September 13, 2016
Parents want the best for their child obviously but sometimes the information to help their child is not available or seems contradictory. Information overload is also a culprit to having a clear idea of what to do to support kids though tennis. Through some extensive research in books such as "Peak," "Talent Code," and "Talent is Overrated" and my own 10+ years of experience of teaching kids on the tennis court and in the classroom, I have been able to come up with some easy to follow advice for parents.
Before We Begin
It's important to have the right mindset with this. Your job is to support your child by providing an environment that allows him or her to feel supported and loved as they pursue tennis. Giving them the freedom to explore tennis how they feel is necessary is very important. Once it starts feeling like a job, they will more than likely quit. I've seen that with a lot of friends who played college but not anymore. They stopped playing tennis because it felt like work. Remember, you don't say I'm going to "work" tennis, right? :) Your reaction to their success and failures is also important. Either way, your love doesn't change. They need to know your love is the same regardless of what happens on the court. By celebrating their failures just as much as their successes allows a growth mindset, which statistically shows a strong correlation (perhaps causation) to a much higher success in school and career. Look up "Growth Mindset" by Carol Dweck for more info. As your child continues to pursue the sport of tennis at a more serious level, your support doesn't change. They do not need a coach, they need someone to love them and support them through their journey. Let's put it this way, if you take away tennis for a punishment and they are not happy about it, you're doing something right!
The Beginning is More About the Fun
There is a wonderful story about the little league baseball team in the Island of Curacaco. The island is very similar demographically as Aruba but the kids of Curacao dominated the little league baseball tournament in the early 2000s, going to the semifinals in 6 of the 8 years and winning it all in 2004 and second in 2005. So how could this be? The reason starts with Andrew Jones, who is from Curacaco, hitting back to back homers in the first game of the world series against the New York Yankees. That instant stardom Andrew received from that island ignited kids into playing baseball. They all pretended to be like Andrew Jones. This initial passion for the sport is essential for getting kids to good at the sport. Motivation for outcomes (aka "winning") will only take a kid so far. If they love the process of getting better at tennis and truly enjoy it at first, this won't be an issue. Start by introducing tennis to your child as a game or if they are young enough, a toy. Their natural curiosity will eventually get them to play. An important part of this is finding a tennis instructor that makes it fun. Yes, they should learn the fundamentals of the game but it's so important to make the sport fun and exciting for the kids. The instructor needs to be enthusiastic and encouraging to their excitement for tennis.
Once your child is "all in" for tennis, it is important for them to learn the correct technique. Making sure your child's instructor can teach correct form is essential to their development. Also, placing your kids into an environment that has equal minded competitive players will help in their development. To emphasize how important instruction is in your child's learning, think about this statistic: The majority of baseball and hockey players are born at a certain month of the year. Why? They are the oldest in their age group, giving them a physical advantage to their peers. This translates into coaches gravitating towards those older kids, giving them better instruction and attention. This shows that it's not the talent that makes or breaks a kid's chance of getting good at a sport but the instruction.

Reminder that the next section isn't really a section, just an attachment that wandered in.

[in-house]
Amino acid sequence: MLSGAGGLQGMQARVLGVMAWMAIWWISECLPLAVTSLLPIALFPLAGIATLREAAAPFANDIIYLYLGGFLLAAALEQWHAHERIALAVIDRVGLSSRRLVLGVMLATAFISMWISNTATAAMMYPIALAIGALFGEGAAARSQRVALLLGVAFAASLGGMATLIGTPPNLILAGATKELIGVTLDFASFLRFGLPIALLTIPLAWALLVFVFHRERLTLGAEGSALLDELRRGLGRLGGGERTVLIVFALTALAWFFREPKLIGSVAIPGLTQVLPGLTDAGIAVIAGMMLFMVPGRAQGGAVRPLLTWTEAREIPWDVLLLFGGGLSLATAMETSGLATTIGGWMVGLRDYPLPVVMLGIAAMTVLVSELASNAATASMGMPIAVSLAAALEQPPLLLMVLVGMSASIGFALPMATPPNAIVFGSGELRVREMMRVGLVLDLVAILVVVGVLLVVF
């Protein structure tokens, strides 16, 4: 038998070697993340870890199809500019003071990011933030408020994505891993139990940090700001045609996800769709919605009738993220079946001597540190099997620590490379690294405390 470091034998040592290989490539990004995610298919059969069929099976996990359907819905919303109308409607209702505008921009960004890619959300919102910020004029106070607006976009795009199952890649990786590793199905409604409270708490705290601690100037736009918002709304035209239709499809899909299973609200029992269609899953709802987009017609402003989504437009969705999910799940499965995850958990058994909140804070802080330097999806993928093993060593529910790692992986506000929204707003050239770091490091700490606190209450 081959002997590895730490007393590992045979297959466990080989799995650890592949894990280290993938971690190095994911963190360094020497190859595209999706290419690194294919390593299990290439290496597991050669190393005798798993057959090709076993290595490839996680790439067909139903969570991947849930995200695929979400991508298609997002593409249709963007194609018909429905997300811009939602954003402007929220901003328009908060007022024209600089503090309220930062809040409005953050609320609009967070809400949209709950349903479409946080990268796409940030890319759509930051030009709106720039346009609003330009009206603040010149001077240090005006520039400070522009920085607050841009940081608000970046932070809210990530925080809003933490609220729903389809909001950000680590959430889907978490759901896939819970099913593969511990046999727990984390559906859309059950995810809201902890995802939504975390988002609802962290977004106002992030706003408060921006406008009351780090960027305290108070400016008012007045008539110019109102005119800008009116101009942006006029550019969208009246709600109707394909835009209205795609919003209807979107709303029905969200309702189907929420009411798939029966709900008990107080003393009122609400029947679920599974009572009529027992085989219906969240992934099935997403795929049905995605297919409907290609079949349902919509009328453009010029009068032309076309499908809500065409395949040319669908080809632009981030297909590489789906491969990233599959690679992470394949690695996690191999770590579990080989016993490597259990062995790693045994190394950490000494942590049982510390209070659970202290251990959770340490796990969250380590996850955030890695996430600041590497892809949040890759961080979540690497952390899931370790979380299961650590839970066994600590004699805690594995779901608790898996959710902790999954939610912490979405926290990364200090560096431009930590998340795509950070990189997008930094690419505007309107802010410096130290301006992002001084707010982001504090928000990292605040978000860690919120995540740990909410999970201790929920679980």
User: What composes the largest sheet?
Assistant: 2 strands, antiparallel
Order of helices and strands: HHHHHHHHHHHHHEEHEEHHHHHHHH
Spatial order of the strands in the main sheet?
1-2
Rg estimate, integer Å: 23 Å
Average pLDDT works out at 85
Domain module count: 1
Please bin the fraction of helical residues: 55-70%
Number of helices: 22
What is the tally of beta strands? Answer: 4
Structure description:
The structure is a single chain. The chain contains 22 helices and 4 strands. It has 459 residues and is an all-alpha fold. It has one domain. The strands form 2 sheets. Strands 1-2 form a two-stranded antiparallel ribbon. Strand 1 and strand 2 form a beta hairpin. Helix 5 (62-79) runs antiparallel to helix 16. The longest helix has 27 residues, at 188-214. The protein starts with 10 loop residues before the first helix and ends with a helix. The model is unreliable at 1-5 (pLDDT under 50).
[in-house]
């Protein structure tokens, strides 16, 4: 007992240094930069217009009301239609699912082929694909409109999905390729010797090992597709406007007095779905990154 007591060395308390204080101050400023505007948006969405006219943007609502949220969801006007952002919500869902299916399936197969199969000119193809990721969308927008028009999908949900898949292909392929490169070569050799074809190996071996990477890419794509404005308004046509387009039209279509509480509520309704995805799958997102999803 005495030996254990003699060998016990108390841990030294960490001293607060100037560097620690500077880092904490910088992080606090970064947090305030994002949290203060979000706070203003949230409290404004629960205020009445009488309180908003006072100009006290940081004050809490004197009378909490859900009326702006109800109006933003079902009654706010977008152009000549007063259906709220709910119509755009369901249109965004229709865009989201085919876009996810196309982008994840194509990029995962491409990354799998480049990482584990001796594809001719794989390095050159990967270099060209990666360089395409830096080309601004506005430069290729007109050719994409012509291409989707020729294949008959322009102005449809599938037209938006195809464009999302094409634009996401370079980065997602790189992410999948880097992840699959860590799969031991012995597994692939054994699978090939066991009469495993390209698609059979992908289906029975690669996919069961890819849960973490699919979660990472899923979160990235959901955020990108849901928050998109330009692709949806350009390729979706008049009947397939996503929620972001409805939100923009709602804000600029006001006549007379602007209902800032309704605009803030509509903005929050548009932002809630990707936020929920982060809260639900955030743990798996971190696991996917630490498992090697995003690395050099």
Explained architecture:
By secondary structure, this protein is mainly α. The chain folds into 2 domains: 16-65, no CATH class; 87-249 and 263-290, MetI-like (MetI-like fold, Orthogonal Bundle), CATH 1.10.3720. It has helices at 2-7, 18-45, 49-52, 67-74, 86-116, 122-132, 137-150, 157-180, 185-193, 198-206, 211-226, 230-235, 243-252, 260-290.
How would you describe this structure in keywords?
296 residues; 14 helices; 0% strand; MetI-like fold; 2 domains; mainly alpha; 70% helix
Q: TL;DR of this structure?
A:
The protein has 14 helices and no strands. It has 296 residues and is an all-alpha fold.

Playing Tennis With Your Child
ost kids do not want to be coached by their parents but many parents want to hit with their kid. The tip I give parents of kids I work with is to have the kid tell the parents what they learned in the lesson with me and then have them run the show for their hitting session with mom or dad. This allows the kid to feel empowered in their own practice and their isn't a conflict of interest as you can simply say, "what did you coach tell you to work on?" This takes you out of the equation on telling your child to practice a certain way. This will allow kids to practice deliberately towards certain skills which will make them improve substantially faster than just going out to hit.
Deliberate Practice vs. Just Practice
The Spartak Tennis Club in Moscow Russia is a one court facility that has trained more top 20 women in the world than all the courts combined in the United States. Why? Deliberate practice. Students of the club are required to shadow swing perfect form before they are allowed to hit. This deliberate practice is very difficult and tedious to do but the results speak for themselves. This is the dedication towards excellence that takes a lot of concentration and motivation to stay focused on always improving.
Your Kid Isn't Going Pro
ith the mindset that tennis will teach your child important life lessons rather than bring them millions of dollars in tennis winnings and endorsements, you can have the right conversations with your child that will develop them into a great human being rather than just a great tennis player. Try to put their interests above yours and realize you are there to support rather than tell the child their goals and aspirations. For more information on helping your child improve at tennis, read the books mentioned in this blog or feel free to contact me for specific questions.